Leonardtown Criterium

Another MABRA classic. This race has been around for years, give or take a few. The town is great and the course is challenging.

There are only 3 real turns on this course, and two of them are fairly basic 90 degree turns with wide roads. The third turn (actually the first) is what makes this course the favorite of some and the not-so-favorite for others.

From the start line, the field first has to funnel down from what feels like four lanes to two. As you approach the first turn, the road rises slightly and then dips down into the turn. The apex of the corner is basically the bottom of the dip. The road then rises back up on other side of the apex. There is a line in this turn that you can use that will requires the least amount of braking. But be careful - the road you are turning onto is narrower and cuts back making this a sharper turn as the speed goes up.  The riders at the front will be rolling the whole way; the further back you end up, the slower you will be taking this turn. And if your field is big, you will be standing still while the front runners are sprinting away at top speed.

The back stretch is pretty basic with a dog-leg in the middle. Anyone in the back half of the bigger fields will end up working on this section just to close the gaps that will open in the first turn.  Just as things start to come back together, you will be setting up for the second turn and then the third which puts you back on the finishing stretch.

With all that in mind, everybody who wants to do well in this race, and who is riding in a large field, will want to do what it takes to stay at the front or at least near the front to avoid having the burn all their matches just to close gaps after every trip through the first turn. This means never relaxing or becoming complacent with your position in the field. If you have a good spot, someone else will want to be there and as soon as you relax you will be pushed back down the bunch.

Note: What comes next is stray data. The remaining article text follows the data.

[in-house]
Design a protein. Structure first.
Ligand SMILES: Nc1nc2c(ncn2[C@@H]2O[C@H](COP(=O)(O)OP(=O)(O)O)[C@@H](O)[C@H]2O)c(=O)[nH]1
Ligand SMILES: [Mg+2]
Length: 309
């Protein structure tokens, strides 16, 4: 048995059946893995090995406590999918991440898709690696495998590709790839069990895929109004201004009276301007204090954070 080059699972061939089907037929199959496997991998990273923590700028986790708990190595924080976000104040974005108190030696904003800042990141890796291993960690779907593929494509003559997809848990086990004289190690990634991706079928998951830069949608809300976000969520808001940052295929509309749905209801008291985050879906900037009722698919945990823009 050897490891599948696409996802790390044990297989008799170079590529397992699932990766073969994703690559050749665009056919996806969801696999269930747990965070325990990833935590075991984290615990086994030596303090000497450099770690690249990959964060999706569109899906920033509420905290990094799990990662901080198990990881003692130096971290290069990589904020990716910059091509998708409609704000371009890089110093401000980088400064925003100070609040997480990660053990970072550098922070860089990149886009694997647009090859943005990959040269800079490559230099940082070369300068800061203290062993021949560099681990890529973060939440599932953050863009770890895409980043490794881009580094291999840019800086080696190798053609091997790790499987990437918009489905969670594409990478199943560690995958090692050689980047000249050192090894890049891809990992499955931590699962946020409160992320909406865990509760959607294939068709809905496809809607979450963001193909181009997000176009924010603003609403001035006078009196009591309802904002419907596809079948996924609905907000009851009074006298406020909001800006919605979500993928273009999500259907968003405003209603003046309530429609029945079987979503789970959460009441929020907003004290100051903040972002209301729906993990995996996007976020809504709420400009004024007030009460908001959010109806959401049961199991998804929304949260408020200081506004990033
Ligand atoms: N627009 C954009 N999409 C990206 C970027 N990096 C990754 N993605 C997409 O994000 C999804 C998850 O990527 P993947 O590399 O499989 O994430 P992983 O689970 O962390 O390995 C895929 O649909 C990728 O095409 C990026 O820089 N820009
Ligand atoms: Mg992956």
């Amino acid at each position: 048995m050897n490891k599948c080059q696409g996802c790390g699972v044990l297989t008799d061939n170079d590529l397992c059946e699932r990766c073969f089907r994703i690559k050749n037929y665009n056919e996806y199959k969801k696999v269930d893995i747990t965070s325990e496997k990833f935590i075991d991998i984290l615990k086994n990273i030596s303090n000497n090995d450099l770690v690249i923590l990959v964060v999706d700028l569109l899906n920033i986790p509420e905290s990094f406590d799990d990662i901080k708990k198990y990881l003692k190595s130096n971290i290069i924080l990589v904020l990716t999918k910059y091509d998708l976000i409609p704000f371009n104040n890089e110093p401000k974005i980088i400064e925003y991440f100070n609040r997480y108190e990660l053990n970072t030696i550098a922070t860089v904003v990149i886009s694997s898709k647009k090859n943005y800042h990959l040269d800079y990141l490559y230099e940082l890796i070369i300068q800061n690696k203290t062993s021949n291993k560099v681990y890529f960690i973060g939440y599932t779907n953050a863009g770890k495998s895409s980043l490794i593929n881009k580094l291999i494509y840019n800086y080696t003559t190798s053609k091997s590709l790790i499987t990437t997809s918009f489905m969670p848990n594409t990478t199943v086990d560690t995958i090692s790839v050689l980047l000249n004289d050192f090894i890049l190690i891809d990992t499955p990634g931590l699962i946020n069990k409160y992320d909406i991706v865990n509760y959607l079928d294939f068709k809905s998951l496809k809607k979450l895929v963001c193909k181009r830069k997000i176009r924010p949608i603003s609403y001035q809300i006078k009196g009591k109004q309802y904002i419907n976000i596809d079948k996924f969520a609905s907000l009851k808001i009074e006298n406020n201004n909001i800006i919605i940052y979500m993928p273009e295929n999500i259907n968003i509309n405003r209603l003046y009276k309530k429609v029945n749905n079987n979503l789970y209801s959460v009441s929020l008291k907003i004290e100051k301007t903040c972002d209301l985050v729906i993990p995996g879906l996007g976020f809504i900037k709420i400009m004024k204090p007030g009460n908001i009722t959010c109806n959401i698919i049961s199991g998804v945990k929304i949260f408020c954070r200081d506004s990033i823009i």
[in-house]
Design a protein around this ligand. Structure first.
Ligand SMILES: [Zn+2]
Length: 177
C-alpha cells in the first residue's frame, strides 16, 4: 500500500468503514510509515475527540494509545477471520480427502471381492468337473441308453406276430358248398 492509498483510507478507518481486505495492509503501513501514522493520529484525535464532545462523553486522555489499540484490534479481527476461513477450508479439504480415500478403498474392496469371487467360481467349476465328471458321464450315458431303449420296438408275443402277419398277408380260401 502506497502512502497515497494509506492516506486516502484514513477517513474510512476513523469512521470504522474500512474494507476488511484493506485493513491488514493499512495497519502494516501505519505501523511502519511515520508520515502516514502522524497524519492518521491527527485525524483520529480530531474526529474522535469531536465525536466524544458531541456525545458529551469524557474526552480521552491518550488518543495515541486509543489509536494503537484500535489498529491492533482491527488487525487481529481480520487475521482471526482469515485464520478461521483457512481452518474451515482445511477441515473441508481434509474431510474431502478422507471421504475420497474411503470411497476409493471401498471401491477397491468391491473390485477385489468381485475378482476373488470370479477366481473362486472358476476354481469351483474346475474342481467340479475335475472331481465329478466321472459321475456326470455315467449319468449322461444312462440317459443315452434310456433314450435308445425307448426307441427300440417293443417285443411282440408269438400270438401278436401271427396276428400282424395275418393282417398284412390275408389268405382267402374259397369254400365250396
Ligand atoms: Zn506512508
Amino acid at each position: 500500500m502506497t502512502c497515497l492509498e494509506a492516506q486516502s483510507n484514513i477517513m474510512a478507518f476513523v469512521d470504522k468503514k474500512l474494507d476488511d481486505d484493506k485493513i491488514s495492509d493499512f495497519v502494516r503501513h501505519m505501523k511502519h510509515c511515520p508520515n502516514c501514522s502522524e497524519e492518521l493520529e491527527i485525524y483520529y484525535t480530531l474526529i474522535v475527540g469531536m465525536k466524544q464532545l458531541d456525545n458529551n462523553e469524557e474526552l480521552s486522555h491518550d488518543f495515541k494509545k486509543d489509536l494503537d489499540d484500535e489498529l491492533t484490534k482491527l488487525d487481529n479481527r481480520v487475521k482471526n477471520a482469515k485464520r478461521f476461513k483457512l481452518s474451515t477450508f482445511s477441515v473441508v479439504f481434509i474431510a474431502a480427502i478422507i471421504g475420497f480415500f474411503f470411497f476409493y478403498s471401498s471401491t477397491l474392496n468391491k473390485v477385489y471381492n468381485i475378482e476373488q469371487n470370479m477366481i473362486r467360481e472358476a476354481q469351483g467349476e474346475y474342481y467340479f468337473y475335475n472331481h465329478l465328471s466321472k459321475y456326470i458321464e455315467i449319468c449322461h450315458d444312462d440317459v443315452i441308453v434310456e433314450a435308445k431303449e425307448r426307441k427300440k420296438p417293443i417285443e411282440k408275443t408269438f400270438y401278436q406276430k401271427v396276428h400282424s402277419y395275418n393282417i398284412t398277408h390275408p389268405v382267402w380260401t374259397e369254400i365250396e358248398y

When it comes to the end of the race, a well drilled team can setup a leadout with 2 or 3 laps to go and put the hammer down coming out of the first turn on the last lap. The goal should be to hold the speed up high enough to keep your sprinter from getting boxed in as you head into the second turn. The last leadout man should be ready to pull all the way to the last corner and then get out of the way. The distance from the last corner to the finish is only about 200 meters (if that) so the sprint will start just before or just after the last turn.

Preparing for this race should include anaerobic repeats and plenty of bike handling drills to build confidence. Since part of the challenge will be to stay out of trouble from the gun, a good hard warm-up is important, making sure to include several intervals at and above your threshold. Time your warm-up so that you can head to the line within 10 - 15 minutes. That means you will want to pre-ride the course before you do your warm-up so that you are not on the back stretch when the field gets called to the line. Pre-riding the course before your warm-up also lets you mentally prepare and review any obstacles that might be on the course and to think about what it will take to win this race.

I have seen this race come down to a field sprint and I have seen break aways go early and late. Do what works best for you and expect to change your plans at any time.